Now I have a confession to make, compression is one of those things that I put off learning about for a long time. You may also be one of those people, finally plucking up the courage to read about the subject, if so, welcome! you’re certainly not alone.
I knew it was something I ‘should’ be using. But it was something I would just throw in at the end of the mixing process, and to be honest, I didn’t know if it was helping or hindering the sound of the track. And yes I would occasionally get some good sounding tracks, but I had no idea how, so the next time I came to record I had the same pain all over again.
It turns out that it is not actually that difficult to understand. So I wanted to write a ‘complete guide’ to compression which will try and explain firstly what they are, then how they work and finally provide a few starting points and tips.
But to understand compression you need to know about dynamic range. So…
What Is The Dynamic Range?
You may hear a compressor also being called a dynamic range compressor, but what is the dynamic range?
The dynamic range of a track is the range between the noise floor (background noise) to the loudest possible signal created without the sound distorting.
So throughout a track, this could vary quite considerably between quiet sections and loud sections. This is not really that desirable and can be particularly noticeable on certain tracks such as vocals, or for instruments such as bass where the volume of individual notes tends to vary quite a bit throughout a track.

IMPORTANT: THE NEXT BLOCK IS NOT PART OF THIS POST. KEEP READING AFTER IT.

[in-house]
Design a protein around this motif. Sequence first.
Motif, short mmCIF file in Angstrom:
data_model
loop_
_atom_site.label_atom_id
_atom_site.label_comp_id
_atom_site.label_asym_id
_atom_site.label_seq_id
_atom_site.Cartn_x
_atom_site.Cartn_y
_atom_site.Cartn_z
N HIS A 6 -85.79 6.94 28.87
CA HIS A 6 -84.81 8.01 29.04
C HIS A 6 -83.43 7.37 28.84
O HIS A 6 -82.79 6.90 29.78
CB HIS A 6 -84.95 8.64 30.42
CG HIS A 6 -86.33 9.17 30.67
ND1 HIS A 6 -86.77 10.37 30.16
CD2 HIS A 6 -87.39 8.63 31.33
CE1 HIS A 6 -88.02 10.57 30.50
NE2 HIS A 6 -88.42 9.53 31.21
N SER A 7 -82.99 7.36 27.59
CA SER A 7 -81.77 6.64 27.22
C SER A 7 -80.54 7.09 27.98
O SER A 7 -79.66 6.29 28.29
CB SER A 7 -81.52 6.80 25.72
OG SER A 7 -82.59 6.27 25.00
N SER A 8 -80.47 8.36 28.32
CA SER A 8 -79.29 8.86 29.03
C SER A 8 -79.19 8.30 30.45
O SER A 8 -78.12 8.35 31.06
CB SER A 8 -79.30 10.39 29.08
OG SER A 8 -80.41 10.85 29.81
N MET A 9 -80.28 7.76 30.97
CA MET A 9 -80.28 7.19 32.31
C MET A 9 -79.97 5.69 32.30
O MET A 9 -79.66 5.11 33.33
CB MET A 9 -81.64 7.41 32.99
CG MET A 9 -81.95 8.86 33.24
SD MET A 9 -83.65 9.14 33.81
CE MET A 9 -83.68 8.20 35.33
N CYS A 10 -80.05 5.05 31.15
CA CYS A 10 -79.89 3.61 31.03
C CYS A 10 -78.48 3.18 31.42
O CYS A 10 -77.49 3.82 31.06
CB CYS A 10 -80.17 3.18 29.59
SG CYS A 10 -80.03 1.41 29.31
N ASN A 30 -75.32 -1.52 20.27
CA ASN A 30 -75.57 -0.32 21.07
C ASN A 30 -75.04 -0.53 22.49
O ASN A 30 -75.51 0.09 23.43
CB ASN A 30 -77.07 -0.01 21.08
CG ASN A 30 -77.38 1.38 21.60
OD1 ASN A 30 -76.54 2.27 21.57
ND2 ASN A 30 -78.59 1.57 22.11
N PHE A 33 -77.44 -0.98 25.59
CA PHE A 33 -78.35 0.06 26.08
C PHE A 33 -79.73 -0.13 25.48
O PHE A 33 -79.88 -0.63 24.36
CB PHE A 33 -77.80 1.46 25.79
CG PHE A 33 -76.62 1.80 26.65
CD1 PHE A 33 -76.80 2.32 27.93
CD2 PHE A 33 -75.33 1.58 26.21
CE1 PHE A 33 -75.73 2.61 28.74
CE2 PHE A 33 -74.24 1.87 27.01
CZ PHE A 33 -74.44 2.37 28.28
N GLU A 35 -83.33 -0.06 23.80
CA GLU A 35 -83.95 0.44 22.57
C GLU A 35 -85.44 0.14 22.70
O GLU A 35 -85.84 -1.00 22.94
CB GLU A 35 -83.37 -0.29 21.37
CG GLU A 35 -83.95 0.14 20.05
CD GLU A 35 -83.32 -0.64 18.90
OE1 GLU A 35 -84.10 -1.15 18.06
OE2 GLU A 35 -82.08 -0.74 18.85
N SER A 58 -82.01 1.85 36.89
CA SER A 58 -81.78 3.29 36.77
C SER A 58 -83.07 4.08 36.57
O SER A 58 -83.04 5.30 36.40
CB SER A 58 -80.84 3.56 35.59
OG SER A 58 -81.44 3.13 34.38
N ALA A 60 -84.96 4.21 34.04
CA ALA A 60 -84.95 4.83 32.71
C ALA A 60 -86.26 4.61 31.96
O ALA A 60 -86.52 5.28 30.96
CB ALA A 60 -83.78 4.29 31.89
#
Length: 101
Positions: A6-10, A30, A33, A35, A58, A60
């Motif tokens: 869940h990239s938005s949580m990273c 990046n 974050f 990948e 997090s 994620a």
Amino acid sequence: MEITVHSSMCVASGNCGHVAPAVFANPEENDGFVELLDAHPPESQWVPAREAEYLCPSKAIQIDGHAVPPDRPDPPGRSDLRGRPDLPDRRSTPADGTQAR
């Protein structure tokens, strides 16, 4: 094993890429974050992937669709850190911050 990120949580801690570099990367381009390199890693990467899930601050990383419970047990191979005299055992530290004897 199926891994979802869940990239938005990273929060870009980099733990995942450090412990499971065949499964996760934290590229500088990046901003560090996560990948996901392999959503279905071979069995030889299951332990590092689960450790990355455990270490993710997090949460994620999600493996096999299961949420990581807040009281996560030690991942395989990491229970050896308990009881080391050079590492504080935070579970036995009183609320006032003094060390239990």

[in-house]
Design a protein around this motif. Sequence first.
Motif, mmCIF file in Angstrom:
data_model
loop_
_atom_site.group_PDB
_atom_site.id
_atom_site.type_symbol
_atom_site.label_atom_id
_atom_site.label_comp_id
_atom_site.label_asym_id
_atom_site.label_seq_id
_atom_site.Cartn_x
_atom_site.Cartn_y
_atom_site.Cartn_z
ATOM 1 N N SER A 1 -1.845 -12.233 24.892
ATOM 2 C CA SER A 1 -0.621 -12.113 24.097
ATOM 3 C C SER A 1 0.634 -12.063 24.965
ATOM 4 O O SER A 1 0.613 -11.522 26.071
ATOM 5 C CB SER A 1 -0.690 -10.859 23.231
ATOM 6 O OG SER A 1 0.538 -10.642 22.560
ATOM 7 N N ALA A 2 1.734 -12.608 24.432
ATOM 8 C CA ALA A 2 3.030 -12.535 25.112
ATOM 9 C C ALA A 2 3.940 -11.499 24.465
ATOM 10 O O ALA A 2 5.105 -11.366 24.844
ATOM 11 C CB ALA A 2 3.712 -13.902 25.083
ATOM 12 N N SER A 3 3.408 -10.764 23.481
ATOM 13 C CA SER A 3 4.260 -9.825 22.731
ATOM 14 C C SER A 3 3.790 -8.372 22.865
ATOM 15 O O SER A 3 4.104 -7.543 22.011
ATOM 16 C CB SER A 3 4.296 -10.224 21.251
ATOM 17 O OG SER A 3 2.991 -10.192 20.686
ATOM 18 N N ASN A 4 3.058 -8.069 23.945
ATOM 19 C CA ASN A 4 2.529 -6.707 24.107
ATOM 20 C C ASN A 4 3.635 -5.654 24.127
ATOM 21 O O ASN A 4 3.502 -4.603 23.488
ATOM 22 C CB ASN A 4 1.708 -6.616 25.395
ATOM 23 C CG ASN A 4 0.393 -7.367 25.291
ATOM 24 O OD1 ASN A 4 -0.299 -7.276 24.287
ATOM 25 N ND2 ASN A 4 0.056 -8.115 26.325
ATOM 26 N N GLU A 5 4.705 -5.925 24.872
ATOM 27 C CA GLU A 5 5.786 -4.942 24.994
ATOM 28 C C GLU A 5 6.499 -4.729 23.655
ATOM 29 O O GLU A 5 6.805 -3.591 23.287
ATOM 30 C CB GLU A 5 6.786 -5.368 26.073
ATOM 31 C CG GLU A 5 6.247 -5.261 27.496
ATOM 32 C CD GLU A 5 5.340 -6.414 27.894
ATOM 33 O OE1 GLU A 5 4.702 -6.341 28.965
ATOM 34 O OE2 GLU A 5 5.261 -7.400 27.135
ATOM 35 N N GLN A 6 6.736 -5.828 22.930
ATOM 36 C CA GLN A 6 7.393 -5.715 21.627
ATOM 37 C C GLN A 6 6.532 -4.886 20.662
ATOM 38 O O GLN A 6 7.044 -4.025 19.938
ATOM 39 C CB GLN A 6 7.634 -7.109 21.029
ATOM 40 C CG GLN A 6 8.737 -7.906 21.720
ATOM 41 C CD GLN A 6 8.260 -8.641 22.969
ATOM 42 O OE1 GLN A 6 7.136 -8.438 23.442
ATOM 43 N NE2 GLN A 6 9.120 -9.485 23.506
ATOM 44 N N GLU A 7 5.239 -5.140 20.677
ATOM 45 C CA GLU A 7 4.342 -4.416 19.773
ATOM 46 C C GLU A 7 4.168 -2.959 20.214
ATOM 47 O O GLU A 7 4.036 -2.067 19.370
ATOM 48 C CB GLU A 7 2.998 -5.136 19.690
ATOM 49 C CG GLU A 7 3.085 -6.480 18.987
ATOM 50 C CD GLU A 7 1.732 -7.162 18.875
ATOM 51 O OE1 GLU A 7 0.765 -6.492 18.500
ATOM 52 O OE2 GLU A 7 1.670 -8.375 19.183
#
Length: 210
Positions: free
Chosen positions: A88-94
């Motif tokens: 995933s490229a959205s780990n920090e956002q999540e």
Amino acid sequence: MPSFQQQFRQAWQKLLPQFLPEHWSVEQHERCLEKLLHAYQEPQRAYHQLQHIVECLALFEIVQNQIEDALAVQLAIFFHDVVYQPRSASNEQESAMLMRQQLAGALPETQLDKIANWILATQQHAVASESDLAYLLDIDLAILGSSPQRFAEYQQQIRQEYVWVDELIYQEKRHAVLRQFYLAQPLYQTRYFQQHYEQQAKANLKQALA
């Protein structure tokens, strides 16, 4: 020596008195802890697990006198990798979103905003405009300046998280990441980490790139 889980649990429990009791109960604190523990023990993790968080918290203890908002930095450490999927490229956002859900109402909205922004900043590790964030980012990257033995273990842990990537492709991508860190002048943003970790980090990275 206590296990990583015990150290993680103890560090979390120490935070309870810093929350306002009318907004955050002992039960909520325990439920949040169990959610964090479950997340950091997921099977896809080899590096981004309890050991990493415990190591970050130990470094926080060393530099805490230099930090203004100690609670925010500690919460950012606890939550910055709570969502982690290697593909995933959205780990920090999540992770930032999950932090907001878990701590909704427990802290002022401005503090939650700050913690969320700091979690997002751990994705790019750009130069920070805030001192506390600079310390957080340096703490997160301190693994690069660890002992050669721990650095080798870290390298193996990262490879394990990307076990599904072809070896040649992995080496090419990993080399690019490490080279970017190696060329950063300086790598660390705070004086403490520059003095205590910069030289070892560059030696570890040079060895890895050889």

The image below shows a vocal track with quite a varying dynamic range.
A track like this will therefore probably benefit from some compression, i.e getting a more consistent range of sound throughout the track.
What Does Audio Compression Do?
So in very basic terms, imagine compression as if someone has control of the gain knob and can turn it up whenever the sound gets too quiet or down whenever it gets too loud. Except instead of what would be a frantic panic, it will be done with extreme precision. Not only that, but the speed at which it is done can be altered and loads of other things too.
As with most things these days there are hardware and software compressors. For ease of demonstration, I will be using screenshots from a simple software compressor, in this case it is the one that comes built into Ableton Live. Most compressors in most DAWs will look similar to this and will have most of the same knobs and settings.